This, as Outa awaits feedback from the Public Protector’s office on a complaint it laid, following “damning” information it received from a source within the system.
City Press reported on Sunday that an employee of Austrian Company Kapsch – used to design the e-toll system – had warned the SA National Roads Agency Ltd (Sanral) of the high risk in the implementation of a national roll-out.
He said the e-tolling system was designed to monitor 7 000 km of national roads, with tolls being planned for Durban and Cape Town, it reported.
The source further stated that there were design flaws within the system and Sanral’s control centre in Midrand had been created to monitor all roads in South Africa.
If the claims are true, it suggests that Sanral saw the Gauteng highway tolling project as either a starting point for national e-tolling, or it significantly over-invested in a system it did not need.
Sanral spokesman Vusi Mona, in rejecting the allegations by the “so-called informant”, said the Public Protector Thuli Madonsela had not yet contacted the entity.
It would however “co-operate”, should her office conduct an investigation, he added.
Mona said Sanral and its concessionaires were in the process of installing the “electronic toll collection equipment” needed at conventional toll plazas across the country.
It would make the exact details as to which toll plazas and when this payment method will be available, at an “opportune time”.
“Electronic toll collection – the use of e-tags – is a method of payment for one’s toll fees. Electronic toll collection does not replace existing toll plazas. It is a tool that toll plazas will use in addition to current methods of payment.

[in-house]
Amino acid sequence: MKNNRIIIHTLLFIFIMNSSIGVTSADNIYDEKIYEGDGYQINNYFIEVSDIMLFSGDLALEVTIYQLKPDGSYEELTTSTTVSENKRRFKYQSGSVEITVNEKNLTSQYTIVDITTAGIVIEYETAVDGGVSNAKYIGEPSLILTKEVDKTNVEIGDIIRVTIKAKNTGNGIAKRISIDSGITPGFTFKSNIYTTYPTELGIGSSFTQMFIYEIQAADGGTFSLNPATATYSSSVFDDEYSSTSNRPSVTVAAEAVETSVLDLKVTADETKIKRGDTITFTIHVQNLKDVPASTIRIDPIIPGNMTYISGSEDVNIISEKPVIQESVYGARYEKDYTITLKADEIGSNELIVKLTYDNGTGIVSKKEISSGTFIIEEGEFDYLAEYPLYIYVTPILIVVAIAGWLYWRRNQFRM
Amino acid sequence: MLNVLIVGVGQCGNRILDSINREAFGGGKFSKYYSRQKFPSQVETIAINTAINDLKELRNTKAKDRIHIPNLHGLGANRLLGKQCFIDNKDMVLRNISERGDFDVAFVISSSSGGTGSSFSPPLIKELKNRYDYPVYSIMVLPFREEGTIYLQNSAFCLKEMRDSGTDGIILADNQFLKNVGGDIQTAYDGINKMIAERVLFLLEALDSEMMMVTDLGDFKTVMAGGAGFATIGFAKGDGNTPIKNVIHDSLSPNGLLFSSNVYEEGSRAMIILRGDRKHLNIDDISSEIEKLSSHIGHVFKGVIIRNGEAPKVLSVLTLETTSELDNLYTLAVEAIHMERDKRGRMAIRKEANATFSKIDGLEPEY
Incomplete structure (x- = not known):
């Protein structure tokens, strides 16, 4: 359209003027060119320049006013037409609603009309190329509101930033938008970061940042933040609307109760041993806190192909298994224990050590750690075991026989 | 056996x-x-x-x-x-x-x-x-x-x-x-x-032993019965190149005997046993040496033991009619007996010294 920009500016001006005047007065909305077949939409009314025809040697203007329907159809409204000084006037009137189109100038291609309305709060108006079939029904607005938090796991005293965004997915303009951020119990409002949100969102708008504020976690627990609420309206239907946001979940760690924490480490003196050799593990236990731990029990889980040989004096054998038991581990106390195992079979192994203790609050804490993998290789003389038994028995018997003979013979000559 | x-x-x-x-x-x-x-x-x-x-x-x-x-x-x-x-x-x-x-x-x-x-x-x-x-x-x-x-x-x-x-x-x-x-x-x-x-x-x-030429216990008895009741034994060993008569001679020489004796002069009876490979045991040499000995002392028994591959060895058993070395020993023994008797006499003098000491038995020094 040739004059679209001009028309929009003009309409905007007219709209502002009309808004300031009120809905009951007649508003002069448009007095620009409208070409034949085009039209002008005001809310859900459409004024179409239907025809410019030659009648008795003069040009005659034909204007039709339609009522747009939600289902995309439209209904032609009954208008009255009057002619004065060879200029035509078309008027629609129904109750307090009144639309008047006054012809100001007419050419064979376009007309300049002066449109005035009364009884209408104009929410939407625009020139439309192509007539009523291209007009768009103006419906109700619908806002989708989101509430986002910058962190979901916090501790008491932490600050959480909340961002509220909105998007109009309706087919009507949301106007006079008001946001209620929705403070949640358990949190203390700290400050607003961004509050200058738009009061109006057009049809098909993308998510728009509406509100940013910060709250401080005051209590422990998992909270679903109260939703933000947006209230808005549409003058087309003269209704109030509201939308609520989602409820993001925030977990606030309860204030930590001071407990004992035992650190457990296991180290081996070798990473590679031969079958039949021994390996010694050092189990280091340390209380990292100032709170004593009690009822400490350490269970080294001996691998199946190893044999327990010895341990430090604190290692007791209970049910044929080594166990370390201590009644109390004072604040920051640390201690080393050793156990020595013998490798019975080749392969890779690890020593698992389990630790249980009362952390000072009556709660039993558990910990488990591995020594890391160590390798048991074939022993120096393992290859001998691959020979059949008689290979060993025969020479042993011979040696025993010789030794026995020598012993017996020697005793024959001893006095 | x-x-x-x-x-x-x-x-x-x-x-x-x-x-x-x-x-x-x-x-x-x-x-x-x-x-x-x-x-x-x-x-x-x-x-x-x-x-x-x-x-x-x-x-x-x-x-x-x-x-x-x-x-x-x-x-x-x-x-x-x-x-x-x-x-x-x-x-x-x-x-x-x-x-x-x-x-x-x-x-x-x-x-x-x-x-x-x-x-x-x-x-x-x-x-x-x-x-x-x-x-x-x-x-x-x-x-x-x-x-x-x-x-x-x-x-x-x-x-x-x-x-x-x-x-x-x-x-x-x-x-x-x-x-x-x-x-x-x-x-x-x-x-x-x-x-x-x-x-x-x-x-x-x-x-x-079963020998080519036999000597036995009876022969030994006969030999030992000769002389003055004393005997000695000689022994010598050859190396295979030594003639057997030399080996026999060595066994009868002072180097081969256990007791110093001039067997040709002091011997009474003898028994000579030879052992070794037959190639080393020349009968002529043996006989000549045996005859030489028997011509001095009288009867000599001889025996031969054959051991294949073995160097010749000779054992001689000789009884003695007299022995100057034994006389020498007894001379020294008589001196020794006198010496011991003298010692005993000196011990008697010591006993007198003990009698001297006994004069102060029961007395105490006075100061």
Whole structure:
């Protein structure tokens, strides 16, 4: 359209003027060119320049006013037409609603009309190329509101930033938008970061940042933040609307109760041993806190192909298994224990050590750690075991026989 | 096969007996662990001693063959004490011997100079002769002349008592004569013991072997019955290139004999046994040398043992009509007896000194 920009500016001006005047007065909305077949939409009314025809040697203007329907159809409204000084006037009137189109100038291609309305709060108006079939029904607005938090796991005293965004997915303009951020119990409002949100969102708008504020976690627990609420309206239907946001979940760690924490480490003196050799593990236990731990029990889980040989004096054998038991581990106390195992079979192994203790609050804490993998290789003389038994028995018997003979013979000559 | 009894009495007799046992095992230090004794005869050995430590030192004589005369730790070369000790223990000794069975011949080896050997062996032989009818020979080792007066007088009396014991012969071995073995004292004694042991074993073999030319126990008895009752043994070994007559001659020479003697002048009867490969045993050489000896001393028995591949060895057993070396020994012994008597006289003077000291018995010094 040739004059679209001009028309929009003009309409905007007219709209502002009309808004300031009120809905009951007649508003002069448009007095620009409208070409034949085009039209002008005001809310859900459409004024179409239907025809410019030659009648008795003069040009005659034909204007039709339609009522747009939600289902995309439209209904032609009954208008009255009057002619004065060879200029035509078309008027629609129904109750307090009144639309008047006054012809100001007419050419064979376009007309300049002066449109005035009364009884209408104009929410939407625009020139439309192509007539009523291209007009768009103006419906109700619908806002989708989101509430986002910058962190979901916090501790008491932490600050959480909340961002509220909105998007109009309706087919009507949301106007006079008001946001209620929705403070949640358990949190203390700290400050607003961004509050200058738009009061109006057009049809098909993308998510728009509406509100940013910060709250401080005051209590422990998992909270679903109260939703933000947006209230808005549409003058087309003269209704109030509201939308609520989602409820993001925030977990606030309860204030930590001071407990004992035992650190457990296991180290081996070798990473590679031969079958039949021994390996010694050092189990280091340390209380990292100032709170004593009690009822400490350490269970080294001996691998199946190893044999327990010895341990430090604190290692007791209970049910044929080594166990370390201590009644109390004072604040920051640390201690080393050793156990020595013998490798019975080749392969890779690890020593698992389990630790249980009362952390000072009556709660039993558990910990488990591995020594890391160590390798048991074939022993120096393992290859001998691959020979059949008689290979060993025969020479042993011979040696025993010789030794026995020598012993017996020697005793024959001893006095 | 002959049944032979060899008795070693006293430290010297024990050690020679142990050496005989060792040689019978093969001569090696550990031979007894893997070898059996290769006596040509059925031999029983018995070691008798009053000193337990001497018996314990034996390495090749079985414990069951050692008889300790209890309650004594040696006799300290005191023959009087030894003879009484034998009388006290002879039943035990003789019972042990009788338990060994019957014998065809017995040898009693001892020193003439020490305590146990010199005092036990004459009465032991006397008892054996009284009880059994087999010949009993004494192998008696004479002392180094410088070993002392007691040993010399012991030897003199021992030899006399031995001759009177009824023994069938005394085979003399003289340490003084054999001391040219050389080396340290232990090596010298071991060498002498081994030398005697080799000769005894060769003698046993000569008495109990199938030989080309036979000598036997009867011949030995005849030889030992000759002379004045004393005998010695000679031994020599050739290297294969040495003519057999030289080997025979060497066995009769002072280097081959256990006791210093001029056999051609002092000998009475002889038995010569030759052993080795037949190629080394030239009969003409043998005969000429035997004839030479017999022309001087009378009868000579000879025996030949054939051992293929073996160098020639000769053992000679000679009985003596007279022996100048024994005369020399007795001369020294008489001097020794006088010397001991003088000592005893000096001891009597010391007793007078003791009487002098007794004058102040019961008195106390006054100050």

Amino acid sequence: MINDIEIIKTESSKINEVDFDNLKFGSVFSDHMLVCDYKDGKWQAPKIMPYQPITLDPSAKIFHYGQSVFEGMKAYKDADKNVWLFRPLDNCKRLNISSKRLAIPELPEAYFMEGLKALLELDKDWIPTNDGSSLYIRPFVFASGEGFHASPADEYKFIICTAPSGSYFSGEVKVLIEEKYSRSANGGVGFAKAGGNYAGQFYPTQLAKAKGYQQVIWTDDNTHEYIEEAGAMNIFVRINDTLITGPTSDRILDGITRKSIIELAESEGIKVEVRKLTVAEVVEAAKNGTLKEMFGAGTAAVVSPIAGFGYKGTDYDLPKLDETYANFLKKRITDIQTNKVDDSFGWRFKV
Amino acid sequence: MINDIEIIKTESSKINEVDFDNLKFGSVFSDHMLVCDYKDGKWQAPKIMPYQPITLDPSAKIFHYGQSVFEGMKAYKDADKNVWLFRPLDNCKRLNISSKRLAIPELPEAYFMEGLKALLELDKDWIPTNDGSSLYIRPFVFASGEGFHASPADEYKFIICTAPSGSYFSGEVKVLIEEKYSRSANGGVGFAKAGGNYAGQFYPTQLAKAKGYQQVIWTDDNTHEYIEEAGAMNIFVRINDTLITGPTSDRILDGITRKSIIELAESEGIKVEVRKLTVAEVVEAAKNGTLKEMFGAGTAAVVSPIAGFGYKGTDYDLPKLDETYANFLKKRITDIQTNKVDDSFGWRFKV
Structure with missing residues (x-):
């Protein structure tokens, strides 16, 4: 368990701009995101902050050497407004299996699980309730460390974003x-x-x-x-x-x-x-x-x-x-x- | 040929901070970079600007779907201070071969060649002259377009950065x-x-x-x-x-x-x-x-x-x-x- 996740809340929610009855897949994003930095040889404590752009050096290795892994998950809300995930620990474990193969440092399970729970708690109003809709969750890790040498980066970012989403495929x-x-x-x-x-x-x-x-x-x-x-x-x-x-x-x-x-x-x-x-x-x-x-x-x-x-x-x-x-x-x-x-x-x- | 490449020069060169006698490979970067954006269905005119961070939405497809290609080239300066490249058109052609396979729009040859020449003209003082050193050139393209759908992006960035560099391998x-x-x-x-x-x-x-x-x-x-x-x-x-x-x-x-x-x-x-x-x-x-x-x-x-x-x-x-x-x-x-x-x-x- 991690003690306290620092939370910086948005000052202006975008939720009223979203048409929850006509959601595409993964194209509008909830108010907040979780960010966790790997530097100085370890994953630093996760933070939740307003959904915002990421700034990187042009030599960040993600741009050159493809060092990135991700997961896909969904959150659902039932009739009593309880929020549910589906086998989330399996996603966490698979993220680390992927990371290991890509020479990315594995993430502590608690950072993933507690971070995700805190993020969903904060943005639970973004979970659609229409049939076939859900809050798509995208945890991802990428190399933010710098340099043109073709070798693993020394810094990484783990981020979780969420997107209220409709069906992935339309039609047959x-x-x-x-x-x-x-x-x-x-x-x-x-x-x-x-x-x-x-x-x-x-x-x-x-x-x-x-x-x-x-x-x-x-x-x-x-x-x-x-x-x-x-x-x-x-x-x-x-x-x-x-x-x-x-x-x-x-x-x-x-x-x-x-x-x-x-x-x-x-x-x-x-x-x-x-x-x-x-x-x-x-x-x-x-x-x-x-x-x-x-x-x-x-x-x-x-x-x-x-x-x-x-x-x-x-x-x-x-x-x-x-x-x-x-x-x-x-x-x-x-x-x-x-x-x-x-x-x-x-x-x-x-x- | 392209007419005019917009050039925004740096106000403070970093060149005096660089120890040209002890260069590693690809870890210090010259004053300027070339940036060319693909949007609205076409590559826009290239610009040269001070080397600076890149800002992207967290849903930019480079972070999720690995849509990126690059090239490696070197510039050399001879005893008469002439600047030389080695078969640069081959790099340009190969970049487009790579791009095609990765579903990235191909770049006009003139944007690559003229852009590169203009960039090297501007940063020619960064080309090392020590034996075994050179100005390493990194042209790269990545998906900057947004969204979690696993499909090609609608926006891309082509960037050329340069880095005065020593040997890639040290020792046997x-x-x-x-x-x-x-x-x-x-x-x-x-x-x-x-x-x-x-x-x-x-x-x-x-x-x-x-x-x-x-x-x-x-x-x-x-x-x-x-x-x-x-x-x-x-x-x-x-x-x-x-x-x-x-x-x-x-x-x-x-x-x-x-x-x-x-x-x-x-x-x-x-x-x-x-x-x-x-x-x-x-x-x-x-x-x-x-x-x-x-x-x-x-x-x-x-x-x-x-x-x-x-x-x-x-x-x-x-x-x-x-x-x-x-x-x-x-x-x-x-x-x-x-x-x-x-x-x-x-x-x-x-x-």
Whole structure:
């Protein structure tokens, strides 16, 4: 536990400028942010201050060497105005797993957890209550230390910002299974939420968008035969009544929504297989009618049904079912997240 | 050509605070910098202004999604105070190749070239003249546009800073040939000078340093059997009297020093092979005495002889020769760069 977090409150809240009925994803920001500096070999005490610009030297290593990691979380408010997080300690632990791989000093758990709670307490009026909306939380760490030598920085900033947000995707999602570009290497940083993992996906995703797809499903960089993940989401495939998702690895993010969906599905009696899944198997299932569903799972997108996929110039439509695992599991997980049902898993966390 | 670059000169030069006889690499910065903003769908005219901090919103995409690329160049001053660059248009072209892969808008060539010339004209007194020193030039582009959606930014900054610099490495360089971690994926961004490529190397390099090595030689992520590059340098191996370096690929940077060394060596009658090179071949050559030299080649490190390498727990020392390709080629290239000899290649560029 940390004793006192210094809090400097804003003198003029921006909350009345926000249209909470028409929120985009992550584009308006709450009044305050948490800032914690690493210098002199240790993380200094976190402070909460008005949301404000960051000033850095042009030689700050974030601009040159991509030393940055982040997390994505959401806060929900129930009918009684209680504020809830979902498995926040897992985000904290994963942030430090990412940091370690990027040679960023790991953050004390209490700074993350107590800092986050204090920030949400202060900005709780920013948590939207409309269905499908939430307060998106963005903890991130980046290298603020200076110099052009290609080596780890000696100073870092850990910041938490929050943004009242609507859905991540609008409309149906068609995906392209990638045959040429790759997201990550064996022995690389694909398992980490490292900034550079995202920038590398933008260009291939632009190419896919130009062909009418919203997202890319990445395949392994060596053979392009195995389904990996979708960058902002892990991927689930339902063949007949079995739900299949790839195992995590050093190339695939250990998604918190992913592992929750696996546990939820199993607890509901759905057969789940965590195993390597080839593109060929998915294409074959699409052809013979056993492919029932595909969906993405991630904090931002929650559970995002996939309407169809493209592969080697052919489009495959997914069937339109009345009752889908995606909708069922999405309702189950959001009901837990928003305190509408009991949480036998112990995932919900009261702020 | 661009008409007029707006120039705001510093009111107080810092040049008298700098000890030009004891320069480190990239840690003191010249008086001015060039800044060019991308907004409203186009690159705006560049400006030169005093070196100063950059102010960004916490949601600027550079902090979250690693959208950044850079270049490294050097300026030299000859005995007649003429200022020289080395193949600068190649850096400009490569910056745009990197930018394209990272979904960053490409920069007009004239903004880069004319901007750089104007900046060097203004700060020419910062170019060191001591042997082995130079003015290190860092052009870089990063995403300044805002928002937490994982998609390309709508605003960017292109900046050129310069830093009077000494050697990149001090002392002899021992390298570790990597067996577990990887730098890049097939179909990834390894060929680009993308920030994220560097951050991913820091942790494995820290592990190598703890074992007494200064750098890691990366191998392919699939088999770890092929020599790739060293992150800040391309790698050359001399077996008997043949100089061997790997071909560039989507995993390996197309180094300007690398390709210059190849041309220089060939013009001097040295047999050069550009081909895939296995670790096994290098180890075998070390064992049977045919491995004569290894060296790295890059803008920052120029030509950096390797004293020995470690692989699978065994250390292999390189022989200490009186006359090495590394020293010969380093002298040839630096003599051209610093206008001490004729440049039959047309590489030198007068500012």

“By obtaining and e-tag and registering it, e-tolling allows an account holder to use the same e-tag and e-toll account to pay toll fees at any toll plaza equipped to accept e-tags.”
Deputy Public Protector Kevin Malunga, who was handling the complaint, according to Outa, was not immediately available for comment.
Outa chairman Wayne Duvenage told The Citizen that the alliance had always provided an open door for Parliament’s Portfolio Committee on Transport and Government’s Inter-Ministerial Committee (IMC), which previously engaged with stakeholders against e-tolling, prior to its implementation.
It was important for government to learn from its critics, said Duvenage.
“… And they are not learning from their critics. We are happy to present to anybody.”
He described previous IMC engagements as being unfruitful with government unwilling to unpack and explore the rationality of arguments.
The insider has described “them as arrogant and dangerous people who steam-roll public opinion … bully politicians, and business people and do not act in the interests of the country”, according to Outa.
Duvenage hailed the disclosures as a breakthrough which he hoped would start laying the table for “meaningful multi-lateral engagement with all stakeholders to transcend the mess”.
“The whistle blower shows the sheer arrogance of the system.”
He further asked motorists not the “fall” for a system which was not working.
“The compliance levels are far too low. Don’t be hoodwinked by the propaganda. Now the chickens are coming out to roost.”
Justice Project South Africa (JPSA) chairperson Howard Dembovsky said it was only a matter of time until someone with a “paining conscious” came forward.
“This is a very good thing, we need more people to tell the truth behind what has happened and what is happening with the e-tolls,” said Dembovsky.
The JPSA is convinced that there is corruption behind the controversial system: “It will come out in the dirty washing, a system rolled out veiled in shrouds of secrecy is a dead giveaway.”
Dembovsky echoed Duvenage’s comments, indicating that further IMC engagements would be “a waste of time”.
“The last round of engagements was just Sanral telling people what was going to happen. Do not waste more time and our money,” he said.
“Take the money and lets have a referendum, this is after all a democracy and we have not held a single referendum on the matter,” said Dembovsky.
“Let’s do it, let’s show what democracy is all about,” he added.